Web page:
I am proud of every woman who used #MeToo to say she had experienced sexual harassment and/or assault in her life. Speaking out is not easy and often puts the woman’s career in danger.The problem remains, what do we do with the toxic men who perpetrate the abuse. (More)
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Most corporations have policies for reporting such men and for conducting a thorough investigation. It is difficult at best when it is “he said, she said.” Often there are no witnesses. Too often, if there is a settlement it includes a clause about not divulging the settlement or its terms. This keeps other women experiencing the same harassment thinking they are the only one.
I think that as more women speak up the sense of isolation and being the only one will go away. It would help immensely if the settlements were not secret.
The Los Angeles Times has an article looking at 27 newsmakers accused of sexual harassment, assault or related behavior:
Following allegations of sexual harassment and assault, the fall of Oscar-winning producer Harvey Weinstein was swift, but it was not isolated. In recent months, men from Hollywood to academia, technology to politics have been publicly accused of harassment and/or misconduct, many forced to step down from their jobs. Here’s a look at some who made headlines.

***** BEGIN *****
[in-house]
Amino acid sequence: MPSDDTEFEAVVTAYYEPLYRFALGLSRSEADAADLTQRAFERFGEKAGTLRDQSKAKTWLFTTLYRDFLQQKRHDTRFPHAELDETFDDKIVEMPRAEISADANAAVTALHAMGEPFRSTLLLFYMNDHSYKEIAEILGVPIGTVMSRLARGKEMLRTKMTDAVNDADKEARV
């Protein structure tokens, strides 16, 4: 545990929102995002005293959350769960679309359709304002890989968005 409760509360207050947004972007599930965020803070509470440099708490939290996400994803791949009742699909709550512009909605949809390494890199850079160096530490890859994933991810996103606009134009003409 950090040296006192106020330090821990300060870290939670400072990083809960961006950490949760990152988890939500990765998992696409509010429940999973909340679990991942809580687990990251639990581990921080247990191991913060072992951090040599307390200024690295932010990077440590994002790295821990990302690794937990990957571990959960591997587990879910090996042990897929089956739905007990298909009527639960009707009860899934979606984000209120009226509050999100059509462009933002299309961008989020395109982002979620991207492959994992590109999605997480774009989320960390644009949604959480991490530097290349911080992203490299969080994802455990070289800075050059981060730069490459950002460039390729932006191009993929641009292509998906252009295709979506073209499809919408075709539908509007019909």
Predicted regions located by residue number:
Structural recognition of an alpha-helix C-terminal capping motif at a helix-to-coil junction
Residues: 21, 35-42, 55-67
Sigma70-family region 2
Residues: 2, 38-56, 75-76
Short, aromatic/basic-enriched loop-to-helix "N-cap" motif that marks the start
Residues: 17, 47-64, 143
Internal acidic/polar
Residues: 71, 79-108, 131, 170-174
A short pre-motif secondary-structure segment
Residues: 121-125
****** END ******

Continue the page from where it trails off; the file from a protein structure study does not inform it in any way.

Fox News has Roger Ailes, Bill O’Reilly and Eric Bolling, for three of the 27. The University of Southern California has two. Some of the men have been tried and convicted. I assume evidence was presented. Others left on allegations. I hope that we are not learning the lesson that “allegations” are enough. I definitely want the toxic males dealt with but not just solely based on allegations. The difference in the power and money dynamic between the man and the usually younger women means that they can intimidate the women into silence. That’s not good either.
The more organizations make it perfectly clear that toxic men will no longer be given a pass for the ill treatment of women, the sooner everyone can get back to actually working.
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